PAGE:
Raman spectroscopy was performed using the WITec Alpha (WITec Instruments Corp., Maryville, TN) at 532 nm laser excitation at room temperature. The human breast cancer tissue sections containing SWCNTs were placed under a confocal microscope with the laser coaxially attached with the Raman detector. The laser energy used for Raman spectroscopy was 2400 mJ (green laser power output 60% of 40 mW = 24 mW; exposure time = 100 s, energy = 24 mW×100 s = 2400 mJ).
Confocal NIR fluorescence microscopy of breast cancer tissue containing SWCNTs was carried out using Leica SP5 Multiphoton Laser scanning Microscope (Broadband MaiTai laser, excitation laser wavelength = 650 nm, 63X/1.4 oil immersion objective).
SCANCO image processing language (IPL) software (SCANCO Medical AG, Switzerland), which has been widely used to analyze computed tomography (CT) images of bone tissues, was employed to process the SWCNT images obtained by PAM. Initially, two-dimensional Gaussian filters with sigma of 0.5 and support of 1 were applied to smooth the image and to remove noise. The filtered image was then segmented with a global threshold of 30% of the maximum signal. Finally, the background was subtracted from the image to extract SWCNT photoacoustic signals. Inbuilt SCANCO algorithms for quantification of structural information (such as cortical bone thickness, trabecular bone separation, and trabecular number) were used to estimate the distribution of SWCNTs. To evaluate the amount of SWCNTs spread into the areas of interest of different tissues, we quantified the fraction of tissue area where nanotubes are present.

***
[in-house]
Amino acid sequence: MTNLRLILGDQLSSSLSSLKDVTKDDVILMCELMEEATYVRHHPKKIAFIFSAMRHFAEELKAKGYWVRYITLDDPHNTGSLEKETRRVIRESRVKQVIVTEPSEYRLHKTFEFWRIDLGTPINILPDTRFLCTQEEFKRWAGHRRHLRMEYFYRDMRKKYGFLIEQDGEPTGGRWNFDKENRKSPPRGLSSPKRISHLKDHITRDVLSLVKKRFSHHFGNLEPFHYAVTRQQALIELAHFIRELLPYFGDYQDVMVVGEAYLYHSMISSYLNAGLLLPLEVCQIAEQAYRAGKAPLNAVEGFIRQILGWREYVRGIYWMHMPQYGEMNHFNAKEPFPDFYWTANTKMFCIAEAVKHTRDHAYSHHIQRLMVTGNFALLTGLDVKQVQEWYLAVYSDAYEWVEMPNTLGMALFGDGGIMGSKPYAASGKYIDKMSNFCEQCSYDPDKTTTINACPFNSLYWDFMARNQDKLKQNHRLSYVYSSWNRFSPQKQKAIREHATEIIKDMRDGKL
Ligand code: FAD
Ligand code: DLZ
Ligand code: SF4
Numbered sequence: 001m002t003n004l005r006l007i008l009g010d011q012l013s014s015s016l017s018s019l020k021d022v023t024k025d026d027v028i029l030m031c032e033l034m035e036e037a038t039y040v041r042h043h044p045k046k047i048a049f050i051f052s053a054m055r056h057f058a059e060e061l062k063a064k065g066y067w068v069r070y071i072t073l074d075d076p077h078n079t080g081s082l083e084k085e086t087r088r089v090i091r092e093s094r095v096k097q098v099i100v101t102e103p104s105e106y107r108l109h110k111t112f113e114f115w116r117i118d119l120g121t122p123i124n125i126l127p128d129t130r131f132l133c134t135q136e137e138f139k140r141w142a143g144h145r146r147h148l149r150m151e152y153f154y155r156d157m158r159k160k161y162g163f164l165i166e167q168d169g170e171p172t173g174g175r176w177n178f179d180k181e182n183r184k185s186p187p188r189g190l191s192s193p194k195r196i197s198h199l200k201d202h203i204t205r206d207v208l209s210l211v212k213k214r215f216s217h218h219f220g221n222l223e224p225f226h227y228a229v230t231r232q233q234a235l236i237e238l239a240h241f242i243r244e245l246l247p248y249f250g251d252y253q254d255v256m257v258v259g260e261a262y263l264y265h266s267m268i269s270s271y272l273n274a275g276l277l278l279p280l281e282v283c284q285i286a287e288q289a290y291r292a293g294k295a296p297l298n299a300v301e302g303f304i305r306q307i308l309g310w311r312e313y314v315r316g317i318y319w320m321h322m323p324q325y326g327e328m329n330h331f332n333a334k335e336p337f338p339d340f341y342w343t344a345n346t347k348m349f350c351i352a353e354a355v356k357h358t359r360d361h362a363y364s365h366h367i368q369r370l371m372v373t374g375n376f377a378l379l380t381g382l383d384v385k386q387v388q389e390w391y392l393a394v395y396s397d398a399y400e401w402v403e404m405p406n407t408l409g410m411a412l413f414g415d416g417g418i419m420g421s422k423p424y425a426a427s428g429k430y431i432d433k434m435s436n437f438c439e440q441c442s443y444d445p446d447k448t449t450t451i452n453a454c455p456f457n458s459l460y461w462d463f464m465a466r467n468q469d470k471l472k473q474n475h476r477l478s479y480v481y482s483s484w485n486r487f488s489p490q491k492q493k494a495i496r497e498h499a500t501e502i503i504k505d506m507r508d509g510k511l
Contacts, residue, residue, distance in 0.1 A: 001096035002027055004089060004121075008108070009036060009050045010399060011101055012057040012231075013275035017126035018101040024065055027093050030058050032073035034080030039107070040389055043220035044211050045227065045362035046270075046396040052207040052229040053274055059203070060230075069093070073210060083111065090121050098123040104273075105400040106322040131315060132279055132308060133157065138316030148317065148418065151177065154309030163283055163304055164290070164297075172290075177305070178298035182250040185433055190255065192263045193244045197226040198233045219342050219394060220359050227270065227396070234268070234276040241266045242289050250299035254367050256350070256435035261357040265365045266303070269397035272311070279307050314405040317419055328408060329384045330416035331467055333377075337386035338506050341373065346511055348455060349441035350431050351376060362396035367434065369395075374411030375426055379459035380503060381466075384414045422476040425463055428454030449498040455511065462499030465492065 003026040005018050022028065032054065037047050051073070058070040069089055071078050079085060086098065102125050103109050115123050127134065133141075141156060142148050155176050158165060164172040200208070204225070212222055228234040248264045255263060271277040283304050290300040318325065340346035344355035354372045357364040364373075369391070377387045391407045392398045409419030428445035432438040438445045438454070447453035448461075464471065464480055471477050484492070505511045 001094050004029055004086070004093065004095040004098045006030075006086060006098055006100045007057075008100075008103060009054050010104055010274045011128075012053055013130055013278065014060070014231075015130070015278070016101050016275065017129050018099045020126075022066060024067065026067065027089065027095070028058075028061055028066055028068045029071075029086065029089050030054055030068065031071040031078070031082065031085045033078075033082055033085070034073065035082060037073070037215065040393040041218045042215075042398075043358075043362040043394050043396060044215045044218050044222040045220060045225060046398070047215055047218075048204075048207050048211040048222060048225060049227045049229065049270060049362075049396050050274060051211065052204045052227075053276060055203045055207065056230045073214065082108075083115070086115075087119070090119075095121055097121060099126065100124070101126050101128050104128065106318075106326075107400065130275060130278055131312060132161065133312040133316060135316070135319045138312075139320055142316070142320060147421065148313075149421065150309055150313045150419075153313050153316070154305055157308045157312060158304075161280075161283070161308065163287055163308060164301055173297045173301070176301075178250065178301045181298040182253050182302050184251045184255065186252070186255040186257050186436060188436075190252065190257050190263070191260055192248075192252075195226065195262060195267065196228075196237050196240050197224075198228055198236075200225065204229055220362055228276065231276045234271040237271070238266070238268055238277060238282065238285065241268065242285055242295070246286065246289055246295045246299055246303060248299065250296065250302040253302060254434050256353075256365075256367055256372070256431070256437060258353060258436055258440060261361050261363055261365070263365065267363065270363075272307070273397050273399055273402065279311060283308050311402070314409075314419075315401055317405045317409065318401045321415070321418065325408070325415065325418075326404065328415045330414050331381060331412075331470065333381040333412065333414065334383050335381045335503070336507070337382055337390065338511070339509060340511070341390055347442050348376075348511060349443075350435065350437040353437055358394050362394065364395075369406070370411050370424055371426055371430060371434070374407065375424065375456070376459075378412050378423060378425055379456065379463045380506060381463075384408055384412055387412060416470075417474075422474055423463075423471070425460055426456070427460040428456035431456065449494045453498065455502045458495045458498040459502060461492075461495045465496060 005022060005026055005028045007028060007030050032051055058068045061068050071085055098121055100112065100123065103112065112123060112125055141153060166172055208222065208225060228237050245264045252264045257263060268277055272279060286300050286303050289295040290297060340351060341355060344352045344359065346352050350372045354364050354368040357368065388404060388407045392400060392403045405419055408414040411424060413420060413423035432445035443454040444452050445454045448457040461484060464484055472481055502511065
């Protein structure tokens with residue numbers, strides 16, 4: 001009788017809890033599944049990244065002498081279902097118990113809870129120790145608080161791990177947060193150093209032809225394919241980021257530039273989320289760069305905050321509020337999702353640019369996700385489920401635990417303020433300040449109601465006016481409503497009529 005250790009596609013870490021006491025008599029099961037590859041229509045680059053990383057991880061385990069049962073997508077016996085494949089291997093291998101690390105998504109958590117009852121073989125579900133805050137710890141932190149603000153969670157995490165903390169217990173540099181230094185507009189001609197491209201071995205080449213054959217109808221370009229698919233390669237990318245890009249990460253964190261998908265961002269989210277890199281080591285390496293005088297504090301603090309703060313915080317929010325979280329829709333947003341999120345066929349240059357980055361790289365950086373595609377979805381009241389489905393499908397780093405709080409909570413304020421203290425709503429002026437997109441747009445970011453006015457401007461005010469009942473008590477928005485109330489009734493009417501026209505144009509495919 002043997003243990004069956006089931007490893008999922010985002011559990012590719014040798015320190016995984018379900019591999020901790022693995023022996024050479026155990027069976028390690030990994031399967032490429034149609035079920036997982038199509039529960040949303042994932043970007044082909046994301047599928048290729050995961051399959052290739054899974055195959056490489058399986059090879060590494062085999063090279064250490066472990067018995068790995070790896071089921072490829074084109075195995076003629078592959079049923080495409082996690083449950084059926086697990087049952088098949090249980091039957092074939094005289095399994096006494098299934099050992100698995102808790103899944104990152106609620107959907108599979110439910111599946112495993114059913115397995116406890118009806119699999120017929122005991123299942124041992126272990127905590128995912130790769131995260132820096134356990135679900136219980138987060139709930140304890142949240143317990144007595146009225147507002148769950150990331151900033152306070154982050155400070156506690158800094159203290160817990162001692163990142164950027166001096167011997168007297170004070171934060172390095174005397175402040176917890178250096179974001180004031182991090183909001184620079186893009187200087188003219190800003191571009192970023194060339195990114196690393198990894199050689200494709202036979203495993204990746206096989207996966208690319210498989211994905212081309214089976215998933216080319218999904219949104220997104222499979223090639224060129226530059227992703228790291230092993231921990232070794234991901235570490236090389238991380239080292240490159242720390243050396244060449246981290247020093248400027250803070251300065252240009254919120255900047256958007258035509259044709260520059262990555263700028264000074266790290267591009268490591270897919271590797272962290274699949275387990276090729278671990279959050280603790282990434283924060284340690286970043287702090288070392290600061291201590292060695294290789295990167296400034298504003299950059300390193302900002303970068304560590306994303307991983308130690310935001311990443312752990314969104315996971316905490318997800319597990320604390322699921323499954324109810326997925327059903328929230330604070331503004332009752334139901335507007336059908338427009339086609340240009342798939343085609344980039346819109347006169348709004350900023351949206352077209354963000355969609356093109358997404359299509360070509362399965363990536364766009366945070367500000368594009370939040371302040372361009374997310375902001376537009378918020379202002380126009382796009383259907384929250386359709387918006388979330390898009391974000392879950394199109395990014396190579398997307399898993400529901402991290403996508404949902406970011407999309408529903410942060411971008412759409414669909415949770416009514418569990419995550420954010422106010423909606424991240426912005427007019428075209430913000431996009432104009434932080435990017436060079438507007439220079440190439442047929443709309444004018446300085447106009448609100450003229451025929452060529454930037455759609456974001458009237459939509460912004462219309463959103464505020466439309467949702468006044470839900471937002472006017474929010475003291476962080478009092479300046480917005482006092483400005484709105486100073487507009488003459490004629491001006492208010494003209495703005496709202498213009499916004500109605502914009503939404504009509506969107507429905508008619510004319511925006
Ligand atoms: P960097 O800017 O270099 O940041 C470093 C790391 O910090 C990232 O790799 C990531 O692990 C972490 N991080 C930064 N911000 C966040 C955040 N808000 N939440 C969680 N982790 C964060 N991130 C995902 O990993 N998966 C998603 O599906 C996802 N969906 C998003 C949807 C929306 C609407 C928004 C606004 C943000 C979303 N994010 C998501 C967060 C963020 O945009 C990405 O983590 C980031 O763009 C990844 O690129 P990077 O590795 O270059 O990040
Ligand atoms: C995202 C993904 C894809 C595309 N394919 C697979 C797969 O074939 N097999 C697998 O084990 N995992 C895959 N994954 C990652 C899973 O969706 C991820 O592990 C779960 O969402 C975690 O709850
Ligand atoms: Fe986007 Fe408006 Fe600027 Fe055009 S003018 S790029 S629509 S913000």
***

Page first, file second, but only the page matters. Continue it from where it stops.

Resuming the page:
The authors would like to thank Svetlana Lublinski for assistance and analysis with SCANCO image processing language (IPL) software and data collection.
Conceived and designed the experiments: PKA BS. Performed the experiments: PKA SH CF BS. Analyzed the data: PKA SH CF AGM JAJ KRS LVW BS. Contributed reagents/materials/analysis tools: PKA SH CF AGM JAJ KRS LVW BS. Wrote the paper: PKA SH CF KRS LVW BS.
- 1. Sitharaman B, Wilson LJ (2007) Gadofullerenes and Gadonanotubes: A New Paradigm for High-Performance MRI Contrast Agent Design. J Biomed Nanotechnol 3: 342–352.
- 2. Liu Z, Tabakman S, Welsher K, Dai H (2009) Carbon nanotubes in Biology and medicine: In vitro and in vivo detection, imaging and drug delivery. Nano Res 2: 85–120.
- 3. Harrison BS, Atala A (2007) Carbon nanotube applications for tissue engineering. Biomaterials 28: 344–353.
- 4. Liu Z, Davis C, Cai W, He L, Chen X, et al. (2008) Circulation and long-term fate of functionalized, biocompatible single-walled carbon nanotubes in mice probed by Raman spectroscopy. Proc Nat Acad Sci USA 105: 1410–1415.